Disabled peers have spoken about being “harangued” on their way to Parliament as a report said not enough was being done to safeguard access to Westminster for the less abled.
A report by the Policy Exchange said protests had often blocked the passageway of disabled people as it called on the Metropolitan Police to do more to protect pedestrian walkways for those in wheelchairs and with other disabilities.
Lord Blencathra, in a testimony shared with the report writers, said he had missed hospital appointments due to his access being blocked.
The Conservative peer, who has multiple sclerosis and uses a wheelchair, said the rights of protesters should “not impede on the rights of others going about their daily lives”.
He added: “As a result of the actions of protesters and the police’s failure to ensure a safe route of passage for people going about their lawful business, I am one of many who have been prevented from attending hospital appointments.
“The way that the parliamentary authorities and the police are choosing to approach protests in Westminster has an impact on everyone, but the impact on those who are disabled is particularly egregious.
“It would not be considered acceptable in any other location.”
Peers told the report that metal barricades put up during protests were difficult to navigate for disabled people and they often had to wait for a police officer to open a cordon for them to pass.
The report, published on Thursday, said that during April’s so-called The Big One protest organised by climate groups, stalls and gazebos blocked the pedestrian pavements on Parliament Square and Abingdon Street.
“Extinction Rebellion on their website claimed the occasion would be ‘accessible and welcoming’, but for many disabled people who sought to safely use the pavements in the immediate area this was far from the case,” the report said.
Extinction Rebellion defended the handling of the protest, with a spokesman insisting that “access to the Parliamentary Estate was assured at all times”.
The 27-page report recommends that the Metropolitan Police, in considering whether “serious disruption” is taking place during demonstrations, take into account “the burdens, including denial of access to pavements because of obstructions, which protest may place on disabled people (and other vulnerable groups)”.
The study also recommended action on tackling the discarding of public hire e-bikes and e-scooters on pavements in Westminster.
It said Westminster City Council had been “notably passive” on the issue.
The council has pushed back against the criticism, saying it had taken “decisive action to tackle” the problem of bikes and scooters being abandoned on walkways.
David Spencer, author of the Policy Exchange report and a former detective chief inspector at the Met, recommended e-bike and e-scooter hire companies, as a condition of operating, be required to pay for the full cost of installation and rental of e-bike bays across the City of Westminster to keep walkways clear.
The retired police officer said: “The culture of impunity which exists in the area around Parliament, Whitehall and Westminster has led to an intolerable and dangerous situation for disabled people which cannot be permitted to continue.”
A UK parliamentary spokesman said: “It is vital that Parliament is accessible to all. We understand that there is more to be done to ensure that disabled people do not face unnecessary difficulties when working in or visiting Parliament. We are committed to making further essential adjustments and ensuring that all our staff are trained in disability awareness.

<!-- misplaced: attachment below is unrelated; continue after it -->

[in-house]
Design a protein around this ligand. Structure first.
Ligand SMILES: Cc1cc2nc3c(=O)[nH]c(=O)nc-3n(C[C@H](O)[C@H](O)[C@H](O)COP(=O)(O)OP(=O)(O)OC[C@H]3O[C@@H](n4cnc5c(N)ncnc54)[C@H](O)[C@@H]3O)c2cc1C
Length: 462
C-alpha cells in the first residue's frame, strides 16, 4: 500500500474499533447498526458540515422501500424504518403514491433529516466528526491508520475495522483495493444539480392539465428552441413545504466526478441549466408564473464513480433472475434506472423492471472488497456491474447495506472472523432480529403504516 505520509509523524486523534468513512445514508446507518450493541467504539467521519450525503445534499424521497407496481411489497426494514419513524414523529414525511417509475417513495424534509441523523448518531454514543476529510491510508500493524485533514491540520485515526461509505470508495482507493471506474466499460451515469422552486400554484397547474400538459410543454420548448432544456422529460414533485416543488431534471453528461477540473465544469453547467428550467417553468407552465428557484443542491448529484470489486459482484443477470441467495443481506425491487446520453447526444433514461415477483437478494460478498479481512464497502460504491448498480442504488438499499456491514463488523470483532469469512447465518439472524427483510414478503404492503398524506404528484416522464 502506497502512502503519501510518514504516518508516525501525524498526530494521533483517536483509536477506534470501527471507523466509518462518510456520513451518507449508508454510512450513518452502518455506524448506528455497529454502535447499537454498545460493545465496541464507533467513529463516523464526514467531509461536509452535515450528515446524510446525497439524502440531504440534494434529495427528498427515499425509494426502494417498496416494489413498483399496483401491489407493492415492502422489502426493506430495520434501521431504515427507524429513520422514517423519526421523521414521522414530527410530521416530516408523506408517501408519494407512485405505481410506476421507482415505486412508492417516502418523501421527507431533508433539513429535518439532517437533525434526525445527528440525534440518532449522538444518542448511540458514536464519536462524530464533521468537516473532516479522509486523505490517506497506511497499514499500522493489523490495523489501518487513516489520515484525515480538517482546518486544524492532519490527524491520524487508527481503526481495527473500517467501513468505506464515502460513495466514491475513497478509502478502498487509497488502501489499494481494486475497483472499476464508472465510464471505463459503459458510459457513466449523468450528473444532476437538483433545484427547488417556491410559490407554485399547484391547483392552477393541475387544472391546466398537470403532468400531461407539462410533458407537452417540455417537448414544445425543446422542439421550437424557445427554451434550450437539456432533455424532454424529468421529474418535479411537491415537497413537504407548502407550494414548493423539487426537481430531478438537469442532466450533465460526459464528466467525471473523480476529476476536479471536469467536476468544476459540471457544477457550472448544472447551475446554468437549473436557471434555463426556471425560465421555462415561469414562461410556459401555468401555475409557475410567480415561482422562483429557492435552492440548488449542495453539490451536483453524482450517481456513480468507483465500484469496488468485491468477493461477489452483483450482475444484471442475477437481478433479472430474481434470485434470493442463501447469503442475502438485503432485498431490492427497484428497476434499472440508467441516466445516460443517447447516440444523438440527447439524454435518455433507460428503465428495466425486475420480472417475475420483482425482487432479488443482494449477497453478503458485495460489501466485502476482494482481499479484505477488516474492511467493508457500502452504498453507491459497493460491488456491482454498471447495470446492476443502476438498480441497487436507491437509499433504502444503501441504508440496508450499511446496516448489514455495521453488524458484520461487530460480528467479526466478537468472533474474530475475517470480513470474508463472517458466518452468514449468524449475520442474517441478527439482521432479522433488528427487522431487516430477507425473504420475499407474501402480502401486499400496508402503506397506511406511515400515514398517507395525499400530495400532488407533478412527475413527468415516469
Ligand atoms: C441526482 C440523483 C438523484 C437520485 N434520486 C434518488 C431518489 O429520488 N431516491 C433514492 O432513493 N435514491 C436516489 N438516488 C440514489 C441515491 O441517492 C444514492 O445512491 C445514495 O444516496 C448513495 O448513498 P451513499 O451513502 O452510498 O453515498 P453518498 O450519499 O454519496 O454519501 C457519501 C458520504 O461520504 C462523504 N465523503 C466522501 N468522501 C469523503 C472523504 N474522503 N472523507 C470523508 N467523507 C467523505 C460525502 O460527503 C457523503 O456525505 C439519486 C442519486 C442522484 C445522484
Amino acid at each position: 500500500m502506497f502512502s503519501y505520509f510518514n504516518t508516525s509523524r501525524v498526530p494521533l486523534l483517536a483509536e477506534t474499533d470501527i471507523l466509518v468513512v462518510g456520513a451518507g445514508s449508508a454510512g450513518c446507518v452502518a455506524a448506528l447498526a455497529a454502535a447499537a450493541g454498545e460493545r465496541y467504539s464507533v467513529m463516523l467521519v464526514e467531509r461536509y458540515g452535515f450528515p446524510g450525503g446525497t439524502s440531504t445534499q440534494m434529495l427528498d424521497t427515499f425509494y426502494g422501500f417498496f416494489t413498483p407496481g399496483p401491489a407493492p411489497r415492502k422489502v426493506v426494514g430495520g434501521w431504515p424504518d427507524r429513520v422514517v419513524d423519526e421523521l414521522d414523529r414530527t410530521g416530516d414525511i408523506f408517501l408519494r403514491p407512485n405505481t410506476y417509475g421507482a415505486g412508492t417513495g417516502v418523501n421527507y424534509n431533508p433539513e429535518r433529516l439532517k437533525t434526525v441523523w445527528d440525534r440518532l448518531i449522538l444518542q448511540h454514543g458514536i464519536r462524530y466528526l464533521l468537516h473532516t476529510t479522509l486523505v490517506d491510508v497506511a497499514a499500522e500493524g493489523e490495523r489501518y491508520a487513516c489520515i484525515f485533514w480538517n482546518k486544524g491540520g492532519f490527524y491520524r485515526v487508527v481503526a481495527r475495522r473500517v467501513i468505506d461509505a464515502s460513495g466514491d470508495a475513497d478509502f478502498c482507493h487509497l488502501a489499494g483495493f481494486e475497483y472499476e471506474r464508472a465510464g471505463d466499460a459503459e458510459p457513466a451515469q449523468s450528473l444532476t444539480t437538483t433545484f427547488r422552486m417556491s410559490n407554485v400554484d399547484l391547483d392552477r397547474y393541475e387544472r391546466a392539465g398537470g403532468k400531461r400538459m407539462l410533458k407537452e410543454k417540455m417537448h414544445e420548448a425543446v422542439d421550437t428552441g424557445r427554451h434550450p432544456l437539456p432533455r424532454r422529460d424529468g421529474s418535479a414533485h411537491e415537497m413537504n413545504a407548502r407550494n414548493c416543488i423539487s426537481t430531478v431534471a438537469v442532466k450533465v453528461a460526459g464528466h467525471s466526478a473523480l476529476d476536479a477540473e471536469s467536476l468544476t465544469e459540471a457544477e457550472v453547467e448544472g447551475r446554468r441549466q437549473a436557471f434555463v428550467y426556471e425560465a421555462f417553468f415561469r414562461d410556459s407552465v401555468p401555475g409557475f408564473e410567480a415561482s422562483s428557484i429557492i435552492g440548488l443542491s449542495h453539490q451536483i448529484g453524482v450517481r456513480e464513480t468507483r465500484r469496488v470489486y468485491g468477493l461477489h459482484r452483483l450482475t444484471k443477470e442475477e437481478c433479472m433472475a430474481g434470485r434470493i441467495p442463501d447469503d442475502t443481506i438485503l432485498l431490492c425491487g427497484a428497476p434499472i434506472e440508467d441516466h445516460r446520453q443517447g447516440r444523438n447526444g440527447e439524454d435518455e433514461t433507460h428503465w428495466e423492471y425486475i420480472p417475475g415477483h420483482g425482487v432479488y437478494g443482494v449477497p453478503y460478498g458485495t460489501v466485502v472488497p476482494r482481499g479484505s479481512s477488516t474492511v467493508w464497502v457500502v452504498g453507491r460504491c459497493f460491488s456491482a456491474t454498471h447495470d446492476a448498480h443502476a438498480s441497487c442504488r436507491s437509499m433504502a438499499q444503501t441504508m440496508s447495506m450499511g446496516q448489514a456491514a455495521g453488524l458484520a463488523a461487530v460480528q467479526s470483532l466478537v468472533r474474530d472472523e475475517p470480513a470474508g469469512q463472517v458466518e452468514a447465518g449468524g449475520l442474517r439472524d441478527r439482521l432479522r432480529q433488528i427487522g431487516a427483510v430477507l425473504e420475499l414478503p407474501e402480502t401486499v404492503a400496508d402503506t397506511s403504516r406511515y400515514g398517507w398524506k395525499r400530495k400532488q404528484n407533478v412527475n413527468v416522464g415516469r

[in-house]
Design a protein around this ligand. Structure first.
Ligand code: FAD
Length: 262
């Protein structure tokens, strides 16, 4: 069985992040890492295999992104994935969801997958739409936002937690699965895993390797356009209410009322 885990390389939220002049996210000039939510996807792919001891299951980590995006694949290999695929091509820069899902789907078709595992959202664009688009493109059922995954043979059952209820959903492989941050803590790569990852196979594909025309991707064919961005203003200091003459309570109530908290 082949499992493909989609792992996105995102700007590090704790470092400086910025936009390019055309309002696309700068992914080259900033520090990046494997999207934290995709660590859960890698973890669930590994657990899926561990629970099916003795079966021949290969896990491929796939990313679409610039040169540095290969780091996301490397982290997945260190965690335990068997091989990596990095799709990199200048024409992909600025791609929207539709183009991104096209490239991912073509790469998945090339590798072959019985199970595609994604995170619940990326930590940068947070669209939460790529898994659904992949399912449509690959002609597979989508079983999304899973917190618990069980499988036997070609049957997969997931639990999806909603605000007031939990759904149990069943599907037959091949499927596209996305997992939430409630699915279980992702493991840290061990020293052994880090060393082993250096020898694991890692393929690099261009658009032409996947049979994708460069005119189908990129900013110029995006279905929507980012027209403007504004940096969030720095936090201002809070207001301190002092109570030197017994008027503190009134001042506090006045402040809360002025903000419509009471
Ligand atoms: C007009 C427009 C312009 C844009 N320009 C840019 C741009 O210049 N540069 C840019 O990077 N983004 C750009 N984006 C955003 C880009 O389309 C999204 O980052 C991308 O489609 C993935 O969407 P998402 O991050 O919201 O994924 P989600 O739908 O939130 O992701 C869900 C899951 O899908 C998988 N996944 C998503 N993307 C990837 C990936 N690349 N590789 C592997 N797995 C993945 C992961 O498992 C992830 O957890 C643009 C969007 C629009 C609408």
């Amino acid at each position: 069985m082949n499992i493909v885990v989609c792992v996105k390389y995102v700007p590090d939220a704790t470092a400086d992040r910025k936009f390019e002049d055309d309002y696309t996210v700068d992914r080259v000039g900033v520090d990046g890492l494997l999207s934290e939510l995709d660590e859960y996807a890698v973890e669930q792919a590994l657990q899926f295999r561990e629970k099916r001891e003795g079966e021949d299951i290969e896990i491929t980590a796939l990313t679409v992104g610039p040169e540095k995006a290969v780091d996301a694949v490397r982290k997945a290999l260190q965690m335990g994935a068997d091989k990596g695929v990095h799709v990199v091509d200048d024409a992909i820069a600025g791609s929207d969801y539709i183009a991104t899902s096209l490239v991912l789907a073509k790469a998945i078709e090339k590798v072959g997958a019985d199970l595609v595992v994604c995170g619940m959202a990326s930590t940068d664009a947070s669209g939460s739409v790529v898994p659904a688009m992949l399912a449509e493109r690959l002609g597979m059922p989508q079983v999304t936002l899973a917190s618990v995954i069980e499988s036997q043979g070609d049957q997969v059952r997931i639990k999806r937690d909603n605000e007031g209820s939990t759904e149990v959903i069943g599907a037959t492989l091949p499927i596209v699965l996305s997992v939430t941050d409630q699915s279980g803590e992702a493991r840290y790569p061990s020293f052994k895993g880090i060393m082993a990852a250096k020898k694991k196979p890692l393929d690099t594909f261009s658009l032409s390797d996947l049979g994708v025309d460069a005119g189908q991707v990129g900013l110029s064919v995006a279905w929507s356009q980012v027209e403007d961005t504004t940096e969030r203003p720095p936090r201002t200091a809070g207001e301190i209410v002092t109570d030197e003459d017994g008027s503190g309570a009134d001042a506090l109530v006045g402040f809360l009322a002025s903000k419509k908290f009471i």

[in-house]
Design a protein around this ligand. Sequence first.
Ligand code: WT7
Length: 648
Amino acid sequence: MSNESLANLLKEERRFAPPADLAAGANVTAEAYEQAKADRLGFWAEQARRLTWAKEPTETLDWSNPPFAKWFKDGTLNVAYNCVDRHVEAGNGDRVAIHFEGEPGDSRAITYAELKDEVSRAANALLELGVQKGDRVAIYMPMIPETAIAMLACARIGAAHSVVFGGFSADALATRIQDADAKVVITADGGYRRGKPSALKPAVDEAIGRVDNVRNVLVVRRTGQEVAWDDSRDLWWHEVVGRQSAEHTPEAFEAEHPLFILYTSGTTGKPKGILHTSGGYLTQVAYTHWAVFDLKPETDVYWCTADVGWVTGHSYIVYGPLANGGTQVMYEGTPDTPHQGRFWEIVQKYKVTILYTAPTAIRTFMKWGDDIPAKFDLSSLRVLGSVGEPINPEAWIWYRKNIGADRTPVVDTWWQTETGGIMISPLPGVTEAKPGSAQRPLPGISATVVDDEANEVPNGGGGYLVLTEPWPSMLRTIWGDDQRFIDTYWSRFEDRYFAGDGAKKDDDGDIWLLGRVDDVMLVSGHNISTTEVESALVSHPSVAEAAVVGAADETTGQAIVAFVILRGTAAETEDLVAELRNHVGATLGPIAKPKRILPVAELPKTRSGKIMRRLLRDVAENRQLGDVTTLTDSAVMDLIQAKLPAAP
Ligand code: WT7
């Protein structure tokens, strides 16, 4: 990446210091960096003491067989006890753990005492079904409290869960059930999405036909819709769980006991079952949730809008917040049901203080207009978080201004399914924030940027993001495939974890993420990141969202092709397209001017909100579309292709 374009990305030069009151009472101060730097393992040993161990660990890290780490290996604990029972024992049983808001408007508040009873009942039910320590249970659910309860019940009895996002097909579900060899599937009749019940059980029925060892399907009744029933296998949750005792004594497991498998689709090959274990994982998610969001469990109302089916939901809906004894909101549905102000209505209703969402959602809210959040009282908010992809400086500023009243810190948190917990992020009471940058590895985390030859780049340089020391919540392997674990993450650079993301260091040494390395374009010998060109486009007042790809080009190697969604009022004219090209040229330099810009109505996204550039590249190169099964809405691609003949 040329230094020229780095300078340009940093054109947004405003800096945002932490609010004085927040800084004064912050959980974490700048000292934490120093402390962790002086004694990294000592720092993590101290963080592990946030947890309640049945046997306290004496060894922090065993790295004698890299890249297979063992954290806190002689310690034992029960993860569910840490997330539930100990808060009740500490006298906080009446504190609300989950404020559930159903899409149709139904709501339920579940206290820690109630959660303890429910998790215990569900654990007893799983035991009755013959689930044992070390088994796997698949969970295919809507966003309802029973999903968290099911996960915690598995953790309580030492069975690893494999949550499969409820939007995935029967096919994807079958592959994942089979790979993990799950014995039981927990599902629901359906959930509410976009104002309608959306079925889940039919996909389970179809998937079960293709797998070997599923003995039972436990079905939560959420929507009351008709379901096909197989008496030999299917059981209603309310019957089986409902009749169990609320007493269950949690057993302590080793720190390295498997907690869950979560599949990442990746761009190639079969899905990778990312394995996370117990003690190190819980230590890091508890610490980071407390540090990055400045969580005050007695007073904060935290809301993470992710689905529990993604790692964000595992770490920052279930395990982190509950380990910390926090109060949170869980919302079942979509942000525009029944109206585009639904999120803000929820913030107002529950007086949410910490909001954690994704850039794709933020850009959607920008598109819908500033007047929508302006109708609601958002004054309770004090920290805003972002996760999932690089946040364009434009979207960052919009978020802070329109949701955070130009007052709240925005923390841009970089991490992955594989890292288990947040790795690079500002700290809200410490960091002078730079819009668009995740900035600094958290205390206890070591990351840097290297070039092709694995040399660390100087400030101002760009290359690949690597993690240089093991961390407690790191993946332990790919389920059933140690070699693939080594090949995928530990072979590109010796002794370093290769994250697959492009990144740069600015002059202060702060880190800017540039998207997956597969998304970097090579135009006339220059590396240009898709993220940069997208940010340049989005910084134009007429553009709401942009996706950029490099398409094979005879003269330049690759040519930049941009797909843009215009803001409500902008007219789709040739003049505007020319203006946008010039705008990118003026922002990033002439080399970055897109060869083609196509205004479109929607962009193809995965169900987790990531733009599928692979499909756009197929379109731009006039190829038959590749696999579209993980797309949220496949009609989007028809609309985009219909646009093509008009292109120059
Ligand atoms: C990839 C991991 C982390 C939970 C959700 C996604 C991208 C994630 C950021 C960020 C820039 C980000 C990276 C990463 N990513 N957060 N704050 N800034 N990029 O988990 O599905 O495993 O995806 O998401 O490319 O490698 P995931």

“Parliament works with a number of organisations – including the Metropolitan Police Service, Westminster City Council and TFL – to ensure access to Parliament is maintained for everyone during periods of change and/or disruption. The safety and security of all those who visit or work in Parliament remains our top priority.”
Extinction Rebellion spokesman Richard Ecclestone, a former police officer, said that no complaints were received about The Big One demonstration.
He said: “Extinction Rebellion and the over 200 supporting organisations who attended The Big One in April to protest at the seat of power worked tirelessly to ensure the activities were inclusive and accessible. They were.”
Mr Ecclestone, also an ex-Army officer, said: “Numerous liaison meetings were held with the Metropolitan Police in advance, and a 24/7 line of communication maintained throughout the four days of protest.
“Access to the Parliamentary Estate was assured at all times with hundreds of stewards on hand to provide assistance to anyone that needed help. No complaints were received from the community or the Parliamentary estate by the Metropolitan Police about the protest.”
He invited anyone who was “impeded from accessing” Parliament during the demonstrations to contact the campaign group so it can “learn any lessons for future protests”.
Paul Dimoldenberg, Westminster City Council’s cabinet member for city management, responding to the report’s criticisms of its approach to dealing with discarded e-bikes and e-scooters, said: “Badly parked e-bikes are a blight on Westminster’s streets and the council has taken decisive action to tackle this problem.
“In August last year, the council began seizing bikes that we believed to be an imminent risk to public safety. We have consistently pushed for harsher fines and the introduction of no-parking zones, and we’re pleased that the bike companies have made these changes.”
The councillor said the local authority had called on the Government to “introduce new legislation so local authorities can regulate these e-bikes and keep pedestrians safe”.